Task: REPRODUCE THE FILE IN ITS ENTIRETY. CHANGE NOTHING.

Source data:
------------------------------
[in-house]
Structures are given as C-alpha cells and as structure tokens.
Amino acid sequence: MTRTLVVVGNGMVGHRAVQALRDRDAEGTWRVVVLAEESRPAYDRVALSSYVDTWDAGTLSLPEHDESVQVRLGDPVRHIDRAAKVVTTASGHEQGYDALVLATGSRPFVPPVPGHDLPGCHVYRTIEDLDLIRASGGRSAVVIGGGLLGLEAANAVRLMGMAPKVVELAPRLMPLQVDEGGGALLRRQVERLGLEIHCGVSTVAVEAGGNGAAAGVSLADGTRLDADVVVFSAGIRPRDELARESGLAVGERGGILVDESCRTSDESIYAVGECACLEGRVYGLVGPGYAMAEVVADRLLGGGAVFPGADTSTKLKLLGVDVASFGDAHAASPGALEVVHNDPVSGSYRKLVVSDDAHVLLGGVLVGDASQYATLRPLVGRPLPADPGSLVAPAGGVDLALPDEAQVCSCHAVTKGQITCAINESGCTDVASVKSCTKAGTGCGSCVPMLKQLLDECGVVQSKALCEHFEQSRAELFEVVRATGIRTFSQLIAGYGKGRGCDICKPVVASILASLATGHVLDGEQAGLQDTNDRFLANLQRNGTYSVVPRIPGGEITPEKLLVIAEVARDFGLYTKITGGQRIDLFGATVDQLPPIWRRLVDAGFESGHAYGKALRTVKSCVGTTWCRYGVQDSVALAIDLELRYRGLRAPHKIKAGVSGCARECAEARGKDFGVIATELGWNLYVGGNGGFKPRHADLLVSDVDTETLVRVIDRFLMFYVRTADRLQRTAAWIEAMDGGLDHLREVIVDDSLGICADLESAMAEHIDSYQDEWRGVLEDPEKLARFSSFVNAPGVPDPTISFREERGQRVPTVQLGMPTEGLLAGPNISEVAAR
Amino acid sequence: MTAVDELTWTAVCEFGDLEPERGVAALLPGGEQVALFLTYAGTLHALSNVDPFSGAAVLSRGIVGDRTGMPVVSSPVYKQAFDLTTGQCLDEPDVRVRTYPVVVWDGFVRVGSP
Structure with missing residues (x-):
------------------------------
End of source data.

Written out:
[in-house]
Structures are given as C-alpha cells and as structure tokens.
Amino acid sequence: MTRTLVVVGNGMVGHRAVQALRDRDAEGTWRVVVLAEESRPAYDRVALSSYVDTWDAGTLSLPEHDESVQVRLGDPVRHIDRAAKVVTTASGHEQGYDALVLATGSRPFVPPVPGHDLPGCHVYRTIEDLDLIRASGGRSAVVIGGGLLGLEAANAVRLMGMAPKVVELAPRLMPLQVDEGGGALLRRQVERLGLEIHCGVSTVAVEAGGNGAAAGVSLADGTRLDADVVVFSAGIRPRDELARESGLAVGERGGILVDESCRTSDESIYAVGECACLEGRVYGLVGPGYAMAEVVADRLLGGGAVFPGADTSTKLKLLGVDVASFGDAHAASPGALEVVHNDPVSGSYRKLVVSDDAHVLLGGVLVGDASQYATLRPLVGRPLPADPGSLVAPAGGVDLALPDEAQVCSCHAVTKGQITCAINESGCTDVASVKSCTKAGTGCGSCVPMLKQLLDECGVVQSKALCEHFEQSRAELFEVVRATGIRTFSQLIAGYGKGRGCDICKPVVASILASLATGHVLDGEQAGLQDTNDRFLANLQRNGTYSVVPRIPGGEITPEKLLVIAEVARDFGLYTKITGGQRIDLFGATVDQLPPIWRRLVDAGFESGHAYGKALRTVKSCVGTTWCRYGVQDSVALAIDLELRYRGLRAPHKIKAGVSGCARECAEARGKDFGVIATELGWNLYVGGNGGFKPRHADLLVSDVDTETLVRVIDRFLMFYVRTADRLQRTAAWIEAMDGGLDHLREVIVDDSLGICADLESAMAEHIDSYQDEWRGVLEDPEKLARFSSFVNAPGVPDPTISFREERGQRVPTVQLGMPTEGLLAGPNISEVAAR
Amino acid sequence: MTAVDELTWTAVCEFGDLEPERGVAALLPGGEQVALFLTYAGTLHALSNVDPFSGAAVLSRGIVGDRTGMPVVSSPVYKQAFDLTTGQCLDEPDVRVRTYPVVVWDGFVRVGSP
Structure with missing residues (x-):